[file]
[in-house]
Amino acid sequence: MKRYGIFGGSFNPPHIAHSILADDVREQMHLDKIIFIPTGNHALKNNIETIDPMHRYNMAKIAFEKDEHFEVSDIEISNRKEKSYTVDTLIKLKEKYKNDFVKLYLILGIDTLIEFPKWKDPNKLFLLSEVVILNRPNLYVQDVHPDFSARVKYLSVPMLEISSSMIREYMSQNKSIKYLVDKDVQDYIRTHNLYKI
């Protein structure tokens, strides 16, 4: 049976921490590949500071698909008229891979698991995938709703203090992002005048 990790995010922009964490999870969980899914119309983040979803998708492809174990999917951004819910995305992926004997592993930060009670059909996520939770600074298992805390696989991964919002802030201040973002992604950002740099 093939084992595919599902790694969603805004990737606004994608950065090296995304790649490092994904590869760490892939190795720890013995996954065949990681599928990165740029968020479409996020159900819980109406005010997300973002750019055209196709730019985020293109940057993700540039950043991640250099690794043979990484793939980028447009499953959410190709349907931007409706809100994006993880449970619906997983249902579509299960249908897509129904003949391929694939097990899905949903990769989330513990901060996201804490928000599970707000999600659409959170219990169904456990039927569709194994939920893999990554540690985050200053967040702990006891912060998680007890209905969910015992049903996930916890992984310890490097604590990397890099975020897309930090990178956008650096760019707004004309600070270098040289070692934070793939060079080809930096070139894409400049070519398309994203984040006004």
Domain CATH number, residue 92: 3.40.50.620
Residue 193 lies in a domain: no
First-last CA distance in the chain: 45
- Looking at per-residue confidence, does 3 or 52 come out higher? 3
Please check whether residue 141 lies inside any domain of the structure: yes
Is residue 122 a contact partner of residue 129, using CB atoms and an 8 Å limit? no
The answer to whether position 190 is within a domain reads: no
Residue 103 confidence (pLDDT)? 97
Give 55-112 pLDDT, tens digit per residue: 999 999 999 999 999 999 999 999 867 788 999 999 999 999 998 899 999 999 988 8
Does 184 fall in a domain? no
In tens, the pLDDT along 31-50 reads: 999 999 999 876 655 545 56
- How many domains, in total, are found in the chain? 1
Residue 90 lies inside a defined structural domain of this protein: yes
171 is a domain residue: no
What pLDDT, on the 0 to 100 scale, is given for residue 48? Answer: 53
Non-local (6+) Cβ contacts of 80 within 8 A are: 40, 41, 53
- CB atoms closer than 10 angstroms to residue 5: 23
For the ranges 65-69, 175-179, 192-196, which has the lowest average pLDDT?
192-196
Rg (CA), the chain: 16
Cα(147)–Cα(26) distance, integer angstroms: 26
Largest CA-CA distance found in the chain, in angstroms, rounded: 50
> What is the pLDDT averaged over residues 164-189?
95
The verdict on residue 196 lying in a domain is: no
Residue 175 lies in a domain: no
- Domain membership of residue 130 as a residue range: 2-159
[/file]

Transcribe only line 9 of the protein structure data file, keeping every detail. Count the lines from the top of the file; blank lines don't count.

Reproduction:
Is residue 122 a contact partner of residue 129, using CB atoms and an 8 Å limit? no